We should witness the humanization of art, rising amidst the ugliness and darkness of those who have accustomed themselves to think only of death. Indeed, the "hygienic houses" of to-day, with their bare walls, and white washable furniture, look like hospitals; while the schools seem veritable tombs, with their desks ranged in rows like black catafalques—black, merely because they have to be of the same color as ink to hide the stains which are looked upon as a necessity, just as certain sins and certain crimes are still considered to be inevitable in the world; the alternative of avoiding them has never occurred to any one. Class-rooms have black desks, and bare, gray walls, more devoid of ornament than those of a mortuary chamber; this is to the end that the starved and famishing spirit of the child may "accept" the indigestible intellectual food which the teacher bestows upon it. In other words, every distracting element has to be removed from the environment, so that the teacher, by his oratorical art, and with the help of his laborious expedients, may succeed in fixing the rebellious attention of his pupils on himself. On the other hand, the spiritual school puts no limits to the beauty of its environment, save economical limits. No ornament can distract a child really absorbed in his task; on the contrary, beauty both promotes concentration of thought and offers refreshment to the tired spirit. Indeed, the churches, which are par excellence places of meditation and of repose for the life of the soul, have called upon the highest inspirations of genius to gather every beauty within their precincts.

Such words may seem strange; but if we wish to keep in touch with the principles of science, we may say that the place best adapted to the life of man is an artistic environment; and that, therefore, if we want the school to become "a laboratory for the observation of human life," we must gather within it things of beauty, just as the laboratory of the bacteriologist must be furnished with stoves and soils for the culture of bacilli.

Furniture for children, their tables and chairs, should be light, not only that they may be easily carried about by childish arms, but because their very fragility is of educational value. The same consideration leads us to give children china plates and glass drinking-vessels, for these objects become the denouncers of rough, disorderly, and undisciplined movements. Thus the child is led to correct himself, and he accordingly trains himself not to knock against, overturn, and break things; softening his movements more and more, he gradually becomes their perfectly free and self-possessed director. In the same way the child will accustom himself to do his utmost not to soil the gay and pretty things which enliven his surroundings. Thus he makes progress in his own perfection, or, in other words, it is thus he achieves the perfect coordination of his voluntary movements. It is the same process by which, having enjoyed silence and music, he will do all in his power to avoid discordant noises, which have become unpleasant to his educated ear.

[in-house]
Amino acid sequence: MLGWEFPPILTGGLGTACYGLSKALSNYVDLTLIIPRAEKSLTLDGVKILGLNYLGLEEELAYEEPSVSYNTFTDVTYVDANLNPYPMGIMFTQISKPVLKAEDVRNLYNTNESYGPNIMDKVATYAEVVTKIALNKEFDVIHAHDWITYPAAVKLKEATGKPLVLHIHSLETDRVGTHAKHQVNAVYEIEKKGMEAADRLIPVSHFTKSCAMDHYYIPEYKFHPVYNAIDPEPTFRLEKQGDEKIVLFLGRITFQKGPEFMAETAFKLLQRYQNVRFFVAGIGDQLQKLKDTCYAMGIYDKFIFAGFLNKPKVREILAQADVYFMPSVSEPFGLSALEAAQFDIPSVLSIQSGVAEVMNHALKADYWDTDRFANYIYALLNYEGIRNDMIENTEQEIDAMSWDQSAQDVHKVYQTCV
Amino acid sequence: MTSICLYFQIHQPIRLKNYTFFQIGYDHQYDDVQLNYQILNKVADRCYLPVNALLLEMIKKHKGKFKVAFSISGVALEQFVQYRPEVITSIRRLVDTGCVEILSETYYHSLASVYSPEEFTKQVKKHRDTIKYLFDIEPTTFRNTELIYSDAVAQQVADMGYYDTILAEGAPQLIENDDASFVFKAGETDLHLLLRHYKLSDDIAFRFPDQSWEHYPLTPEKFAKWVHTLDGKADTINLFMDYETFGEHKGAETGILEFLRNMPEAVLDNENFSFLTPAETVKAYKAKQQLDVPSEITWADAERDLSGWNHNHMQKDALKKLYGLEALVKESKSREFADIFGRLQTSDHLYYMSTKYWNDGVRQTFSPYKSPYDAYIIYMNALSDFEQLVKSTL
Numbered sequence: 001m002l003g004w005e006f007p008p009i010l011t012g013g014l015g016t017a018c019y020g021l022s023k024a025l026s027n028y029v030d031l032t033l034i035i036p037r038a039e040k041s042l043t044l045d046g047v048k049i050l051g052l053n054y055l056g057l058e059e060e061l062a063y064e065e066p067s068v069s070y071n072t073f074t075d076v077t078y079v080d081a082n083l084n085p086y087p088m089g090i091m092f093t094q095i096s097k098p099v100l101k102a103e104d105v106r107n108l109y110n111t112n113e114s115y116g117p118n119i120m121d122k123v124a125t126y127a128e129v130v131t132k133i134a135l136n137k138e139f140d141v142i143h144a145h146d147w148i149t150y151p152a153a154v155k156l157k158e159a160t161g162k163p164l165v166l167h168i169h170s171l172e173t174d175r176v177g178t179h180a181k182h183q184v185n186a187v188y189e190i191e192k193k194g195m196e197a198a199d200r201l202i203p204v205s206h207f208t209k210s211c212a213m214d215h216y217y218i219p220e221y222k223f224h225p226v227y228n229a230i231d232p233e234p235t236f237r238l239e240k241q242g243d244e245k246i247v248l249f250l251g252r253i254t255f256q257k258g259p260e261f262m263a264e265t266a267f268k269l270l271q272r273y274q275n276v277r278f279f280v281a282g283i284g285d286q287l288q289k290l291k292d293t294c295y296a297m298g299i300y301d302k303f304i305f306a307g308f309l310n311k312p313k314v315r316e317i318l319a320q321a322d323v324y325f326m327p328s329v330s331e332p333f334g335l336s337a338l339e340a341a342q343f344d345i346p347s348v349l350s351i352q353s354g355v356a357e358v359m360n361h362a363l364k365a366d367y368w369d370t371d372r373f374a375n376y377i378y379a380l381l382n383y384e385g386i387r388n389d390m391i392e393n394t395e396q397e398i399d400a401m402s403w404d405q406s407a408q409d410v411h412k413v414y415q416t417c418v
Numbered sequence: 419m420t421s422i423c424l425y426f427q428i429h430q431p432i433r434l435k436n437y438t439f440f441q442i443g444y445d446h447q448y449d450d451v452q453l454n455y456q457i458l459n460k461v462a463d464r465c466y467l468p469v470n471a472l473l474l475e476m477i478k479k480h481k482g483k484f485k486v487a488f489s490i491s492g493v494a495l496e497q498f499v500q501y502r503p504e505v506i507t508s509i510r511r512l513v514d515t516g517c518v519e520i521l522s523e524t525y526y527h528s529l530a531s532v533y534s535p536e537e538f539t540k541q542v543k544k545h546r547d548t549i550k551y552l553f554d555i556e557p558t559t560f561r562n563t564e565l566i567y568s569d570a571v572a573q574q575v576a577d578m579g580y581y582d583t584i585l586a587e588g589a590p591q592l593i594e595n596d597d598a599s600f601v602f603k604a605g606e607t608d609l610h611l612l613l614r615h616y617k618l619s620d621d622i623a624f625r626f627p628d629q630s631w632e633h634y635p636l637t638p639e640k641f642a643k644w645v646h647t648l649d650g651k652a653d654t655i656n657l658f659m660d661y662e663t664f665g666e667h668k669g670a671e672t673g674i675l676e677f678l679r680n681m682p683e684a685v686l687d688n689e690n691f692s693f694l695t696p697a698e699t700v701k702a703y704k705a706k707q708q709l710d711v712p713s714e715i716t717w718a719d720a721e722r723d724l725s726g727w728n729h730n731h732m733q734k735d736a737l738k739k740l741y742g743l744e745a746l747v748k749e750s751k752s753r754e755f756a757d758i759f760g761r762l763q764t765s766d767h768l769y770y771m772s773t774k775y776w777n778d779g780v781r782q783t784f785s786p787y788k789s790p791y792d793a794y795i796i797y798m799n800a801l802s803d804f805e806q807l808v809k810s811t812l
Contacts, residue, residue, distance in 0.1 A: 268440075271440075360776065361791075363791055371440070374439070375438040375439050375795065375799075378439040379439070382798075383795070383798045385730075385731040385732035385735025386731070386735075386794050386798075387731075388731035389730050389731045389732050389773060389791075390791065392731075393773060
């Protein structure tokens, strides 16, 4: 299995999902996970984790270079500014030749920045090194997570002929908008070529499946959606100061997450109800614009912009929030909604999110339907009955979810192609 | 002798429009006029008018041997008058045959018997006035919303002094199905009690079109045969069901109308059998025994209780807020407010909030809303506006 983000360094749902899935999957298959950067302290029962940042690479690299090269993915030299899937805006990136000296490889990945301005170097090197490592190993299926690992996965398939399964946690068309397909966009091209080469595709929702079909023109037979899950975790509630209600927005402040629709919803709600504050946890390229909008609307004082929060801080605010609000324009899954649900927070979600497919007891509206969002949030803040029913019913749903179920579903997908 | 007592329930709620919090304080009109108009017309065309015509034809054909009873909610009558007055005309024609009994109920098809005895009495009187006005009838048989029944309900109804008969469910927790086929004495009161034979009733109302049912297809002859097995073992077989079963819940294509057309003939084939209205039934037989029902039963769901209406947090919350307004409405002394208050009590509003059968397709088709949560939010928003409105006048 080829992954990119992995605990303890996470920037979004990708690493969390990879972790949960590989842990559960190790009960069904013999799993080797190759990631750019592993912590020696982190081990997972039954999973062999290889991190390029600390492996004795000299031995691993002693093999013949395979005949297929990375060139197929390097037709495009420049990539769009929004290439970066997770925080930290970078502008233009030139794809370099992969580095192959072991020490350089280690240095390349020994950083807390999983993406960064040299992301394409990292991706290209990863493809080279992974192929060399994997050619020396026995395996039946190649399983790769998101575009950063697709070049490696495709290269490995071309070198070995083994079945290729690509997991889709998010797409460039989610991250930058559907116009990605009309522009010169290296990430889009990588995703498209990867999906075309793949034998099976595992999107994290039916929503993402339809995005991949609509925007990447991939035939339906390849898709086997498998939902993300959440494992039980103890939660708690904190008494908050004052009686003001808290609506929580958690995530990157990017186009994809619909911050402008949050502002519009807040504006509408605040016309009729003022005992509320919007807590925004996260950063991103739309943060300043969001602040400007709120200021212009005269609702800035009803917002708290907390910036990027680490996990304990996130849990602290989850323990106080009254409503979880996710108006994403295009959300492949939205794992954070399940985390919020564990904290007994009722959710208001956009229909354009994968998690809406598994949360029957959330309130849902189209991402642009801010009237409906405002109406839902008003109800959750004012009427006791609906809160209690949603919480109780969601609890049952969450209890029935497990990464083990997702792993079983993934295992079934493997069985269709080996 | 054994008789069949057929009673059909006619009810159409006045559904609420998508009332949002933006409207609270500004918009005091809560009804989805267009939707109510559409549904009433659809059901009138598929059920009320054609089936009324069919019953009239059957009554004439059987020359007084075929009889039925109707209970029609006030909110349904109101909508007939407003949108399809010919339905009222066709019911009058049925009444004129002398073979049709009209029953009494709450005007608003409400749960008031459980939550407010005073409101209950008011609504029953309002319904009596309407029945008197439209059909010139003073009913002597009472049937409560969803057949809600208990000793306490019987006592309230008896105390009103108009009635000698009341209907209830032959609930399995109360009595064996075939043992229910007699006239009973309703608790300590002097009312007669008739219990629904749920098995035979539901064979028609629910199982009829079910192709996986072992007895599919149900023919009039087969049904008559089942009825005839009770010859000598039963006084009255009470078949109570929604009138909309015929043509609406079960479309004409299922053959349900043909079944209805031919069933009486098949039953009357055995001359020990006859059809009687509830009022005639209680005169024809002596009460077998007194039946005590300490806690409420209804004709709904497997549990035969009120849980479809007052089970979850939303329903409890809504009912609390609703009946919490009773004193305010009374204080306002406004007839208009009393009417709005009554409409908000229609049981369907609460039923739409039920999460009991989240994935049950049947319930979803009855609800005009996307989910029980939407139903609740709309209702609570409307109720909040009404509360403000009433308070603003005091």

On the other hand, when a child comes into collision a hundred times with an enormously heavy iron-bound desk, which a porter would have difficulty in moving; when he makes thousands of invisible ink-stains on a black bench; when he lets a metal plate fall to the ground a hundred times without breaking it, he remains immersed in his sea of defects without perceiving them; his environment meanwhile is so constructed as to hide and therefore to encourage his errors, with Mephistophelean hypocrisy.

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Free movement.—It is now a hygienic principle universally accepted that children require movement. Thus, when we speak of "free children," we generally imply that they are free to move, that is, to run and jump. No mother nowadays fails to agree with the children's doctor that her child should go into parks and meadows, and move about freely in the open air.

When we talk of liberty for children in school, some such conception of physical liberty as this rises at once in the mind. We imagine the free child making perilous leaps over the desks, or dashing madly against the walls; his "liberty of movement" seems necessarily to imply the idea of "a wide space," and accordingly we suppose that, if confined to the narrow limits of a room, it would inevitably become a conflict between violence and obstacles, a disorder incompatible with discipline and work.

But in the laws of "psychical hygiene," "liberty of movement" is not limited to a conception so primitive as that of merely "animated bodily liberty." We might, indeed, say of a puppy or a kitten what we say of children: that they should be free to run and jump, and that they should be able to do so, as in fact they often do, in a park or a field, with and like the children. If, however, we wish to apply the same conception of motor liberty to our treatment of a bird, we should make certain arrangements for it; we should place within its reach the branch of a tree, or crossed sticks which would afford foothold for its claws, since these are not designed to be spread out on the ground like the feet of creeping things, but are adapted to gripping a stick. We know that a bird "left free to move" over a vast, illimitable plain would be miserable.